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  • Written by Richard Rayner
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The Fabulous True Story of the World's Greatest Confidence Artist

Written by Richard RaynerAuthor Alerts:  Random House will alert you to new works by Richard Rayner

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List Price: $9.99

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On Sale: October 14, 2003
Pages: | ISBN: 978-1-4000-7590-4
Published by : Anchor Knopf
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Synopsis|Excerpt

Synopsis

His scam was as simple as it was brazen. Before and during the Great Depression, Oscar Hartzell persuaded tens of thousands of Midwesterners to part with millions of dollars to start a legal fund that would see the mythical fortune of Sir Francis Drake restored to his rightful heir. In return for their contributions, donors would get shares in the riches, estimated to be worth $100 billion. The money of course went in the pocket of Hartzell, who transformed himself into a hedonistic English aristocrat even as the folks back home continued to see him as a hero.

As he recounts this amazing tale, Richard Rayner tells the larger history of cons in America. We have always had a soft spot for the crafty or larger-than-life swindler, and with Drake’s Fortune, Rayner offers a delightful portrait of a uniquely American character.

Excerpt

ONE

The Education of a Con Man

Oscar Merrill Hartzell was a son of the prairie, of the American heartland, of Monmouth, a small city (even today the population is only nine thousand) in western Illinois that Abraham Lincoln visited often during the early years of his legal career. Wyatt Earp was born there in 1848, and it's where Ronald Reagan attended second grade in 1918. Hartzell, whose life would in its own way be as emblematically American, was born there on January 6, 1876.

One of his grandfathers was a steamboat man. His father, John Henry Hartzell, came originally from Tiltensville, Ohio, but moved west when he was eighteen to work as a hired hand for Eliza Jane Shaw, a widow who had a farm outside Monmouth. John Henry Hartzell was quarrelsome and hot-tempered, but a hard worker, a capable farmer, and evidently a man who, even if he allowed one eye to stray in the direction of love, always kept the other fixed firmly on the main chance. On Christmas Day 1874, he married one of Eliza Jane Shaw's daughters, and with his wedding gift he bought his own small holding of twenty acres.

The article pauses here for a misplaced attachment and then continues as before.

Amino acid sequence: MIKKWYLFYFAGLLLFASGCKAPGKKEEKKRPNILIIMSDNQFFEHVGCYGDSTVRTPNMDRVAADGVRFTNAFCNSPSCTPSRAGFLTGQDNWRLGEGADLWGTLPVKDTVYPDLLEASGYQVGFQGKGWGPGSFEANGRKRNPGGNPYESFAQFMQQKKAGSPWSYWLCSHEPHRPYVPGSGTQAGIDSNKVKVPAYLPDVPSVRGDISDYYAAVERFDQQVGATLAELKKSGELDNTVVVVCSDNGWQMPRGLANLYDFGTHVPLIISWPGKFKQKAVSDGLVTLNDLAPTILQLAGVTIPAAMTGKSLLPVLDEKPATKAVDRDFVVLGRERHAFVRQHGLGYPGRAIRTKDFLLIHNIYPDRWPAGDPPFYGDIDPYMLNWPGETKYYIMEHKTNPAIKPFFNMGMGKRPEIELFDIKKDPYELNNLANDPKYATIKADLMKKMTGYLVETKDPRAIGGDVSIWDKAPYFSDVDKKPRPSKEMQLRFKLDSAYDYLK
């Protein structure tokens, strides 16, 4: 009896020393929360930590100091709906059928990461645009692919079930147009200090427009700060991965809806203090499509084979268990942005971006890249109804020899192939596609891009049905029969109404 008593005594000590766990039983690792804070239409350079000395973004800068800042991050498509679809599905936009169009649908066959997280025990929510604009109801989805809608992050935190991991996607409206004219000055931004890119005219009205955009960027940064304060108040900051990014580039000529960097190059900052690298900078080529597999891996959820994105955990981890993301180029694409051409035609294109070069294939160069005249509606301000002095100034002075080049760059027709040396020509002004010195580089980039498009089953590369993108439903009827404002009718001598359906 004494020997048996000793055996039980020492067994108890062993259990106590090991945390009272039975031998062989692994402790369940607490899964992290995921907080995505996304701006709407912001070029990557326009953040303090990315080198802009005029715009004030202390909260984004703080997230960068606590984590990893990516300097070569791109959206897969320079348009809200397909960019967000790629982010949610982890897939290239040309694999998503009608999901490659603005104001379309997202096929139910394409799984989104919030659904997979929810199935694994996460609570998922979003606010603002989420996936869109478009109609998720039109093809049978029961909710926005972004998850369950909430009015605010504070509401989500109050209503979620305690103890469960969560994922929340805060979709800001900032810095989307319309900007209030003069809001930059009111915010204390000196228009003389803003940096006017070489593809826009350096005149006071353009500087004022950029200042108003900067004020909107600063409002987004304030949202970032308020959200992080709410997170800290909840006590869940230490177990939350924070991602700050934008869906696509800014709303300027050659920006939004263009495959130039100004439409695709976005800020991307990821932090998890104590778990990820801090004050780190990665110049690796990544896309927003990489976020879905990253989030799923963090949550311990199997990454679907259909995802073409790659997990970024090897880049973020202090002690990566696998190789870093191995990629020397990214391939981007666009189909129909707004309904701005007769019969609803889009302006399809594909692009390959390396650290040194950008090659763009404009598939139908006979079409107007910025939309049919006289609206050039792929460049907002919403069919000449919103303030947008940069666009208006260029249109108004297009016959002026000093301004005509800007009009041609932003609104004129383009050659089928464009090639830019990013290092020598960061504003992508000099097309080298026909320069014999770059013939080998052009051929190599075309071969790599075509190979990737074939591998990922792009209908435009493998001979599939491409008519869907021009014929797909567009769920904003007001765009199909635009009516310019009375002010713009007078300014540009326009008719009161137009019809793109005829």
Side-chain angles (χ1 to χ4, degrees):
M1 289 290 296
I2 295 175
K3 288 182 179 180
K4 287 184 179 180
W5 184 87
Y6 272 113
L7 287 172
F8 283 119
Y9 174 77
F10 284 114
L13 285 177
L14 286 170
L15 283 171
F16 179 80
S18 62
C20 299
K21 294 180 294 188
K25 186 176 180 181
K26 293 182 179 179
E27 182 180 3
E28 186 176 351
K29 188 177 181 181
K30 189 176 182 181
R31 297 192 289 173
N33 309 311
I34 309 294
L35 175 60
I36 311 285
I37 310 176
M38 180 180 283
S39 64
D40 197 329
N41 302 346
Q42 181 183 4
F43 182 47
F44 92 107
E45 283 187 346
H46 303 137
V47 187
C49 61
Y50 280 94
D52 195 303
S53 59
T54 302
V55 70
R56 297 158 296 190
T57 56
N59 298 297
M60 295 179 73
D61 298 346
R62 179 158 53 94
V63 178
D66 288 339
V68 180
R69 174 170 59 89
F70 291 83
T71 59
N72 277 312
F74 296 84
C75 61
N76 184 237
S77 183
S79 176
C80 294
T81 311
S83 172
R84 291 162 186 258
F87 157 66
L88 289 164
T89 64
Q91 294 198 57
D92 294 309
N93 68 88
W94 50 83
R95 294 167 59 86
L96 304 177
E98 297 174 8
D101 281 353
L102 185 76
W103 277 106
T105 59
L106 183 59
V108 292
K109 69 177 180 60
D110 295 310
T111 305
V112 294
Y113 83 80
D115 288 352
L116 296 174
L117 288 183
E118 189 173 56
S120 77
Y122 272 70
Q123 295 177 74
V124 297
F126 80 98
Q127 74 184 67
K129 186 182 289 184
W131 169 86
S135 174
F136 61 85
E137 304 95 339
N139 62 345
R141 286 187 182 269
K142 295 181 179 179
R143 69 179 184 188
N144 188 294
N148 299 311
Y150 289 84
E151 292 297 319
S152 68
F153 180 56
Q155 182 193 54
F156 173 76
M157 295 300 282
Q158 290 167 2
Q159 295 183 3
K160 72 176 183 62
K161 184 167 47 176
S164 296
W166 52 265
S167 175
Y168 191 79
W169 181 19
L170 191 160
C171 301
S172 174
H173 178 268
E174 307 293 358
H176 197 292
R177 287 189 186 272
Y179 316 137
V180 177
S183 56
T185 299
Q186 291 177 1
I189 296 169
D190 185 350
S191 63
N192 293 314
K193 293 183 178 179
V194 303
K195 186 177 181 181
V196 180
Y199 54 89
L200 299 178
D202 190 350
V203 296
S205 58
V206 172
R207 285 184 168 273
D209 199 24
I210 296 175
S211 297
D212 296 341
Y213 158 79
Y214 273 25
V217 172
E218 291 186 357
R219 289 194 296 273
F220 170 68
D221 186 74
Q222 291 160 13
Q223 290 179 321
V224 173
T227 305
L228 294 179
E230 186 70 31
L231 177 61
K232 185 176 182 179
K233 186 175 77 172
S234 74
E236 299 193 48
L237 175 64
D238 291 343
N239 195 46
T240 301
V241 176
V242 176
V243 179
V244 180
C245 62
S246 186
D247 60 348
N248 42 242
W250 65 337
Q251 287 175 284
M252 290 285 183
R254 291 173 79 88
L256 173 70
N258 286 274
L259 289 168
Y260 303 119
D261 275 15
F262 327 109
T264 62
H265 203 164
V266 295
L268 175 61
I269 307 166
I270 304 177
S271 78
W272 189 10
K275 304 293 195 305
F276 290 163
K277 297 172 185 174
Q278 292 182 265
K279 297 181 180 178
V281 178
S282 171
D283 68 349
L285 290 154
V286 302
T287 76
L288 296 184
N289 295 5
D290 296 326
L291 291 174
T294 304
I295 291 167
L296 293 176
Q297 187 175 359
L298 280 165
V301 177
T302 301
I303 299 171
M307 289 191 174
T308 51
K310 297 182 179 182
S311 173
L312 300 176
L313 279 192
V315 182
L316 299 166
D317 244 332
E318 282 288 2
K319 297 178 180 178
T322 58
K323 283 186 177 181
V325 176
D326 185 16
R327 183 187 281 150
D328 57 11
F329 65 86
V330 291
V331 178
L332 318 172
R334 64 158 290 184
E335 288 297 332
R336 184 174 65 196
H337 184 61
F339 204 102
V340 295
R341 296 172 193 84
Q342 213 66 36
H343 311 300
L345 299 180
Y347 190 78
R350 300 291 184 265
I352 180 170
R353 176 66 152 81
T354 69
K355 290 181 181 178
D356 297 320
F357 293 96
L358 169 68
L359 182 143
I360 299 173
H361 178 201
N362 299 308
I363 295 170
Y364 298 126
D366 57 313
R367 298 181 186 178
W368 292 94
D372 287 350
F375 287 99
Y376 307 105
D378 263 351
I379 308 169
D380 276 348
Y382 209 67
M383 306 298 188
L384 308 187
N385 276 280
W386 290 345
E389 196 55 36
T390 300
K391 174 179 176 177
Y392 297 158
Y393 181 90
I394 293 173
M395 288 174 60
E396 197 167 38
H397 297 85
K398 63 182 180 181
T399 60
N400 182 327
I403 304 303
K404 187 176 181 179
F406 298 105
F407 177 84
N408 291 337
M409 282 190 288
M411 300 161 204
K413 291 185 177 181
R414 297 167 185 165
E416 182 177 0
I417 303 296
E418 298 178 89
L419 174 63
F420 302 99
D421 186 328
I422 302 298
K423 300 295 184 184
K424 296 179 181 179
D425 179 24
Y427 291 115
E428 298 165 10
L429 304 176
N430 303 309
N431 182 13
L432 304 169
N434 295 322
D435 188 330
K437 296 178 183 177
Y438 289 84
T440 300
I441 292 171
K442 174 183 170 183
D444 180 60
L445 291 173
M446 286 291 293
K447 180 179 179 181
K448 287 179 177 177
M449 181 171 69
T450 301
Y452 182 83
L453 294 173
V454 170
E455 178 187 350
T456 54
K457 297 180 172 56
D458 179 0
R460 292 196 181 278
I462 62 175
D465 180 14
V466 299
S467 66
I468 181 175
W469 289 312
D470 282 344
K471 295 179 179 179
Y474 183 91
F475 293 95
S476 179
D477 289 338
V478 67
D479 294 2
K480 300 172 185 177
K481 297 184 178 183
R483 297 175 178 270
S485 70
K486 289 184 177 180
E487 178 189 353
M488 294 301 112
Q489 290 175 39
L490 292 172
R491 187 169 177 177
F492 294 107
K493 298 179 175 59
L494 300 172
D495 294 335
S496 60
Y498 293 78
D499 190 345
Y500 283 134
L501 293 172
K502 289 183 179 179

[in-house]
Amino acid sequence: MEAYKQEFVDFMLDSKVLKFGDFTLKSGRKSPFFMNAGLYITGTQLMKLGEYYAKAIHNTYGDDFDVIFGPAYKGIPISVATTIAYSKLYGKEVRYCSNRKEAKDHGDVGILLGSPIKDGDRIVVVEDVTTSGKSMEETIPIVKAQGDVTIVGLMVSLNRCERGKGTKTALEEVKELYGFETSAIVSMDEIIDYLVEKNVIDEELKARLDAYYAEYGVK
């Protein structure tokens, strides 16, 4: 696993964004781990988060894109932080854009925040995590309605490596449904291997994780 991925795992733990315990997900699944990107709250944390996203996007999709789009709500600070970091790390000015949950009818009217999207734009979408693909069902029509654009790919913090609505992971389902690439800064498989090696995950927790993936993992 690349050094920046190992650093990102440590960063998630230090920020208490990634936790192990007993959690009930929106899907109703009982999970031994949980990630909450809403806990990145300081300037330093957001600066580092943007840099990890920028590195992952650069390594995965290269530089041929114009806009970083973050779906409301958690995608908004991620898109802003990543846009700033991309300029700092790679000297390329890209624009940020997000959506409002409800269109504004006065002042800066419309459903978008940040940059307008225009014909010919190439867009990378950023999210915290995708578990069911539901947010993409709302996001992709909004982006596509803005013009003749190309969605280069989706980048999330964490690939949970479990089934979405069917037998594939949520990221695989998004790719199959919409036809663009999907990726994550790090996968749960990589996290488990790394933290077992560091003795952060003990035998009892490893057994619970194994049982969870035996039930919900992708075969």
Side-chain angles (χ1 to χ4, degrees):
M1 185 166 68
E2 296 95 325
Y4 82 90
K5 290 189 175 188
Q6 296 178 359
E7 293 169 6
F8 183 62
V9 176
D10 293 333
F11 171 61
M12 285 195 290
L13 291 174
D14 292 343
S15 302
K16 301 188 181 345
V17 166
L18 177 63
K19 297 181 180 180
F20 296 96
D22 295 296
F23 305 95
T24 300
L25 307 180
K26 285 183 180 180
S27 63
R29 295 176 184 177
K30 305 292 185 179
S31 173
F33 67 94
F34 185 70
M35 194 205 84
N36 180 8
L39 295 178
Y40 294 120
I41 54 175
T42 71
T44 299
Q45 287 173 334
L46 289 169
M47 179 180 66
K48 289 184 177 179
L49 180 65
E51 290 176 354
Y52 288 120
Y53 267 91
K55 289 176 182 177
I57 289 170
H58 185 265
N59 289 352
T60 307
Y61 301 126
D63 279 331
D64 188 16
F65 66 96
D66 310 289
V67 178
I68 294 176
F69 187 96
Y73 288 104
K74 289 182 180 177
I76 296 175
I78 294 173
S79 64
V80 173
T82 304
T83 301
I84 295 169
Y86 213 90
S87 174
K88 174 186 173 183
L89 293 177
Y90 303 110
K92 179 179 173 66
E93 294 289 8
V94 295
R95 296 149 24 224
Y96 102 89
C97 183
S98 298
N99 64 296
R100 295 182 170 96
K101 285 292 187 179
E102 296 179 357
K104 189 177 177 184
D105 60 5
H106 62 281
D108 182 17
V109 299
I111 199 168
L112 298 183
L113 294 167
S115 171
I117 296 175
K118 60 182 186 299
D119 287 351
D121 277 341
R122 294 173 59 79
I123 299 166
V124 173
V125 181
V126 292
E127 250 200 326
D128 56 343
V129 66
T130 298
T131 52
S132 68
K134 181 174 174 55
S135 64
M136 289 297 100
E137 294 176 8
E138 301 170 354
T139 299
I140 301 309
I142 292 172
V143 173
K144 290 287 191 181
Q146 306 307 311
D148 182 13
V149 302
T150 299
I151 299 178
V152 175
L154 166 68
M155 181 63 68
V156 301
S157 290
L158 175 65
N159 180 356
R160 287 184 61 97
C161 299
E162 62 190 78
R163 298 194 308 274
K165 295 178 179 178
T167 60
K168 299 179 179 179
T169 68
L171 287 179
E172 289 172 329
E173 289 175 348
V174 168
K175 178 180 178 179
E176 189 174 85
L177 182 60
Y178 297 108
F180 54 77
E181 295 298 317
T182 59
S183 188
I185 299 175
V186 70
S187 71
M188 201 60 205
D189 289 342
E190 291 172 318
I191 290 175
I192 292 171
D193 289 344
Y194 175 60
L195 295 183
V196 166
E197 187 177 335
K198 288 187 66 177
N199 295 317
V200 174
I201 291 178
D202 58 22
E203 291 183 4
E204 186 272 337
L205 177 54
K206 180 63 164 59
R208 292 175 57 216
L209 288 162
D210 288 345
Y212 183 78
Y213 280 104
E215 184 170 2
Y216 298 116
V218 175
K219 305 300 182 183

Oscar, their first child, was born just over a year later in the one-room log cabin that John Hartzell had raised with his own hands. A daughter, Pearl May, soon followed, and then Emma Hartzell lost her third pregnancy during childbirth. The next child was yet another boy, Clinton, but here arises a confusion. Some records suggest that he was a natural birth, but Oscar would one day claim that Clinton was adopted. (Of this important divergence, more later.) The family was completed by the birth of Canfield, Oscar's youngest brother, in 1880.

John Hartzell, the patriarch, was stable, steady, strict, a Protestant of German descent who lived a gospel of hard work and grasping thrift. Emma Hartzell was subsequently described as "the sweet, motherly type usually relied upon to guide her offspring in righteous paths." Unlike her husband, she was patient and indulgent, always ready to help Oscar with his homework (he was poor at grammar) or to press a cold cloth to his forehead if he had a headache. As a child he suffered from the usual ailments--measles, mumps, chickenpox--but was otherwise a healthy and robust boy. He was active and intelligent and considered of unusual promise.

John Hartzell added to his land until he had more than four hundred acres and then built a new nine-room house. Oscar's room on the upper story had a view of the prairie. On his entry to the local country school in Cold Creek, his future seemed to be already written--he would follow his father, be a farmer. Oscar milked the cows before breakfast; he learned how to pierce the skin and bring relief to an animal that had eaten clover. When he stole a penknife at school, he was whipped for it. When he gambled, and won from his friends a pint pot full of pennies, he was whipped for it, and made to give back the pennies. When his schoolteacher said he was a born businessman who would be rich some day, his father was very proud and gave him a dollar.

Oscar left school at sixteen to work on the farm. His father taught him how to castrate bulls, fatten them, and sell them as steers--Oscar's first experience of transformation and shape-shifting. His mother gave him a gold watch on his eighteenth birthday, for not chewing tobacco, and when John Hartzell took the rest of the family to the great Chicago World's Fair of 1893, Oscar opted instead to stay at home and look after the farm. As reward for this sacrifice he received a new buggy and a new riding harness; the buggy alone cost $80. "I think no one could have been more proud than I was. I went hell-for-leather over sense, riding that buggy like a madman twixt the farm and Monmouth," he wrote in his autobiography.

This typical Western childhood even had its archetypal feud: the hard-nosed John Hartzell brought lawsuits against members of his wife's family to secure her share of her grandfather's will. "There was bitter feeling and father was never without his six shooter for years. Sometimes they would set his barns on fire and I would stay out all night with my father watching the grain stacks until the threshing was done," Oscar wrote. "They were jealous of father's success. Father always made money and they did not know how to make money."